D-Day: Never forget

Visitors pay respect at the Colleville American miliatary cemetery in France.  Francois Mori/AP



It was a victory of strategy and a superior military force.

On June 6, 1944, the greatest invasion ever seen at that point landed on the Normandy shore in France as the U.S. and its allies — some 156,000 strong, supported by more than 5,000 ships and 13,000 aircraft — fought against a legion of German machine-gun nests planted in the hills above the beach.

Sheer numbers empowered the Allies to win the battle.

The invasion, “Operation Overlord,” had been meticulously planned. It called for a high degree of cooperation and secrecy among Allied commanders.

A massive deception led the Germans to think an invasion would take place elsewhere so that the German troops at Normandy were taken by surprise.

And when the military vessels arrived at the Normandy beaches on June 6, our troops surged forward courageously, knowing that many among them would not survive. They sacrificed their lives in battle in hopes of turning the tide in the world-wide conflict.

Despite its successful execution, the operation demanded a deadly price that will forever underscore the cost of war and its inhumanity.

Though there was no official count, according to some estimates, more than 4,000 U.S. troops were killed by enemy fire as they fought across the beach to reach the German enclaves. Thousands more were wounded or missing.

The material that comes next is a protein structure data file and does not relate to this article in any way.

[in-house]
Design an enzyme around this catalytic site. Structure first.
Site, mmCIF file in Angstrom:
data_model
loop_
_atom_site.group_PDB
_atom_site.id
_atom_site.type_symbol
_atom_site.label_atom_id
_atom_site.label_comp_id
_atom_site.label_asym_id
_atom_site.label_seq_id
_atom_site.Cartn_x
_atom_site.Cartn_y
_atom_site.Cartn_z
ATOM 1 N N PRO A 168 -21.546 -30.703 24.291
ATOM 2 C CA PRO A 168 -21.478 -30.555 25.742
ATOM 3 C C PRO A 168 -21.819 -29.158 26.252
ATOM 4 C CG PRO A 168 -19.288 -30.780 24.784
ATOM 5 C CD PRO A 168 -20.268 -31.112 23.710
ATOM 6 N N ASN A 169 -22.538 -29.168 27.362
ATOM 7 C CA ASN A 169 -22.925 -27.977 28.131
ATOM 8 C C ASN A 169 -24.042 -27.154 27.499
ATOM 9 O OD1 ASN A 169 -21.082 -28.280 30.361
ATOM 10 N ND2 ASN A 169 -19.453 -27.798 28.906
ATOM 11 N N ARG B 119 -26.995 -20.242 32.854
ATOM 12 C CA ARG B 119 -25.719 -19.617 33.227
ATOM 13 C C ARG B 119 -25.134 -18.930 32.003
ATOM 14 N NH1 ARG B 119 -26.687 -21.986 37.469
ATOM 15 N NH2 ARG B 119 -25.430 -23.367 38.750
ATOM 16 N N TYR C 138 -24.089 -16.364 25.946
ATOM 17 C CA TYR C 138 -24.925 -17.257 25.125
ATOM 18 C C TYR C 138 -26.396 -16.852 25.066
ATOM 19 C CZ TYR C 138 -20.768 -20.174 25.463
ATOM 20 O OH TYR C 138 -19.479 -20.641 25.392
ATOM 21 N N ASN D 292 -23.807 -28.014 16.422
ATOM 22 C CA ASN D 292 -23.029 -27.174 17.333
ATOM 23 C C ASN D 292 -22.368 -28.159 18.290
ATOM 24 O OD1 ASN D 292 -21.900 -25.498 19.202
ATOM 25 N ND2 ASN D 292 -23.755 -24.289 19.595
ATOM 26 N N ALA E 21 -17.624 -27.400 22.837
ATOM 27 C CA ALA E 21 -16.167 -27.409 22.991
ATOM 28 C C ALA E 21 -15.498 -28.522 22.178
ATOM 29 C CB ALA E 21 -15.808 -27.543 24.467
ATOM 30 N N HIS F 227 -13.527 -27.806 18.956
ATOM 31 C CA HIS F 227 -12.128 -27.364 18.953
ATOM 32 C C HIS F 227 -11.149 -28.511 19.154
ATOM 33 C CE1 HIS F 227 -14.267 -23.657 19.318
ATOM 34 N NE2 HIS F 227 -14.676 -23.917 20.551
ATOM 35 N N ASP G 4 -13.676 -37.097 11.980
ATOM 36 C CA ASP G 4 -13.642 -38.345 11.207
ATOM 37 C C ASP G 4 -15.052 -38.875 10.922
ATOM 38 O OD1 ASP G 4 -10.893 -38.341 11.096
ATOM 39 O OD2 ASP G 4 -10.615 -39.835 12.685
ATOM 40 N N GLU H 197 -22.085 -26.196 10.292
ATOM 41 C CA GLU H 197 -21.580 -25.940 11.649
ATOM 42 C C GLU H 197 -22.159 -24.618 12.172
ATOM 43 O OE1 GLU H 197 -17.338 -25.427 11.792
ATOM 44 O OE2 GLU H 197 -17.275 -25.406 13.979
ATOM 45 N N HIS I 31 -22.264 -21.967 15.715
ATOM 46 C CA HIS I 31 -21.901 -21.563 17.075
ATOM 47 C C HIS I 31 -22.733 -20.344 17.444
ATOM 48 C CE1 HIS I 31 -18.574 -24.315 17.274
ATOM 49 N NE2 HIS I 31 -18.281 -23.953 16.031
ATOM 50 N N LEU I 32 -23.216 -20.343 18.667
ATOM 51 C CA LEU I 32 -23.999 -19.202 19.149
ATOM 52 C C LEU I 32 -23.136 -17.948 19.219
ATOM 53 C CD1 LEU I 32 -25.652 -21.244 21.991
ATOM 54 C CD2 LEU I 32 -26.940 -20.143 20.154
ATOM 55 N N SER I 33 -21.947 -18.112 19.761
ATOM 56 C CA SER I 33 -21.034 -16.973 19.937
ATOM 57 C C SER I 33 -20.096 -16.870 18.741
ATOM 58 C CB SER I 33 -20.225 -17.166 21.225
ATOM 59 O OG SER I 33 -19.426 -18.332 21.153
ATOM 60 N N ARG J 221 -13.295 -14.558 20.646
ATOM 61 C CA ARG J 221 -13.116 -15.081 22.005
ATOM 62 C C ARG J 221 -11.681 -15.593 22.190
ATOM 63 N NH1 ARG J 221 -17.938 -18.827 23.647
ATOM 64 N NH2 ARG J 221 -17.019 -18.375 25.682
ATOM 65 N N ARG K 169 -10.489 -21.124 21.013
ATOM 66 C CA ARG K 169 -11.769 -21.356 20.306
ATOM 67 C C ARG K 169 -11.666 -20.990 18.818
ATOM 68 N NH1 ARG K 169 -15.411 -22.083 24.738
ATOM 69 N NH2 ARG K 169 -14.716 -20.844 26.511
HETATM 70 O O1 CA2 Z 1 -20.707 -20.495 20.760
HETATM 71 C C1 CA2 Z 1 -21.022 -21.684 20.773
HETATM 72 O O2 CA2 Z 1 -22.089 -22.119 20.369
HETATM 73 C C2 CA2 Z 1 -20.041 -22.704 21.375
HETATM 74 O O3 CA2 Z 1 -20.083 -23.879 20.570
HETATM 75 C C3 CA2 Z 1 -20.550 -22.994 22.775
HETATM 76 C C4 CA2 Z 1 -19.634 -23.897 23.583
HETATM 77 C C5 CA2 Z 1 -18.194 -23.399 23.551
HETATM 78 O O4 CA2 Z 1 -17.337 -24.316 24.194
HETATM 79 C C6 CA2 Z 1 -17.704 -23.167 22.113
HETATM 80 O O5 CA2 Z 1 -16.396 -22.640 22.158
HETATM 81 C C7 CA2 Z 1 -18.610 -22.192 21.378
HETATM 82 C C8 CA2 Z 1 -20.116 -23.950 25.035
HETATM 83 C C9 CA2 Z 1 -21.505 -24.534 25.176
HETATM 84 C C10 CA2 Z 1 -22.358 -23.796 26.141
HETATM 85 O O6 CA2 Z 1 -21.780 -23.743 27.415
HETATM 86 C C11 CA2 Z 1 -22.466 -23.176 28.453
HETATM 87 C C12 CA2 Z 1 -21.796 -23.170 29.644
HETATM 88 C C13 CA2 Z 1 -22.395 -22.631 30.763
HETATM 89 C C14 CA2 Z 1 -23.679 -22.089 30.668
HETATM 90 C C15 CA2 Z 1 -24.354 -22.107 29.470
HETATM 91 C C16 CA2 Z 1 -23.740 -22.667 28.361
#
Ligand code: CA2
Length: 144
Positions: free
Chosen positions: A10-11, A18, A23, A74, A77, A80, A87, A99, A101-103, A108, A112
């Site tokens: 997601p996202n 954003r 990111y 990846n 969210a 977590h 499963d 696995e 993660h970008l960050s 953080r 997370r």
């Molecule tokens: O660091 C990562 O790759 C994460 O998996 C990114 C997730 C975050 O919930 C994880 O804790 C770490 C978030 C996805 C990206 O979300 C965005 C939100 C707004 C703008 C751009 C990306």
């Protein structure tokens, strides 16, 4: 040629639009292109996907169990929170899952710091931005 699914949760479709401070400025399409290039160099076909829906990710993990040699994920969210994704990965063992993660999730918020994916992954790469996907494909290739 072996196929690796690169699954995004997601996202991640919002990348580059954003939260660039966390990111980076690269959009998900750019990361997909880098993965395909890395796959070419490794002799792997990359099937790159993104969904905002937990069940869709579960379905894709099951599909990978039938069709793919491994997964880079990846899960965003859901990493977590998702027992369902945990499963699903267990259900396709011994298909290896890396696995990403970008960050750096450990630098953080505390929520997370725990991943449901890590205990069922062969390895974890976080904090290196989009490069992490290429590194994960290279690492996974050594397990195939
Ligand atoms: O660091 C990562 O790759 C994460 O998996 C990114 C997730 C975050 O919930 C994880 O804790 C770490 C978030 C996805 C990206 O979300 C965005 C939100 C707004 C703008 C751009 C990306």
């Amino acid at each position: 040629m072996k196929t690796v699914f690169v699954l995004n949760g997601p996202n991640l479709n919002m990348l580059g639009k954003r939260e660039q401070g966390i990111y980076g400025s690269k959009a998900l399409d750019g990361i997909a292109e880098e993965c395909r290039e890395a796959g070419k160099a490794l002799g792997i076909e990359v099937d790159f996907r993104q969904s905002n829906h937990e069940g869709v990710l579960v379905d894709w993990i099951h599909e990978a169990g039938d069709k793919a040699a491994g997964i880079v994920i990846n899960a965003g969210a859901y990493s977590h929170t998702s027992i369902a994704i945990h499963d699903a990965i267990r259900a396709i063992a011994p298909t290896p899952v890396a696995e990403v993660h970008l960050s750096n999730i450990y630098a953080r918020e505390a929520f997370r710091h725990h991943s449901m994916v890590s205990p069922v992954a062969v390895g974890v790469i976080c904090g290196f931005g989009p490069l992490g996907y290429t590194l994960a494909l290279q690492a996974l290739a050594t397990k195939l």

But the U.S. and its allies succeeded, capturing the beach and gaining a foothold in the struggle against German occupation and oppression. By late August, all of northern France was liberated and by the following spring, the Germans were defeated.

D-Day was the beginning of the end.

Many of those who fought there came home and worked hard, building families and communities. Journalist Tom Brokaw dubbed them part of “The Greatest Generation” in a book by that title, asserting that they developed values of “personal responsibility, duty, honor and faith” that contributed to their victory in war and in peace.

Many others are marked by white crosses in a Normandy garden of stone.

It’s a story that has been passed down through the years, by word of mouth, history books and classic films like 1962’s “The Longest Day” and 1998’s “Saving Private Ryan.”

But every year those who survived the actual liberation are fewer and fewer in number. One day, maybe soon, they all will be gone.

This is a story that our children and their children should know. It speaks of sacrifice and liberation. It speaks of an international force, united for the worthy cause of defeating one of the greatest evils of history.

Let us never forget D-Day.


President Reagan's Address at the Ceremony Commemorating the 40th Anniversary of the Normandy Invasion, D-day at Point-du-Hoc - 6/6/84. 

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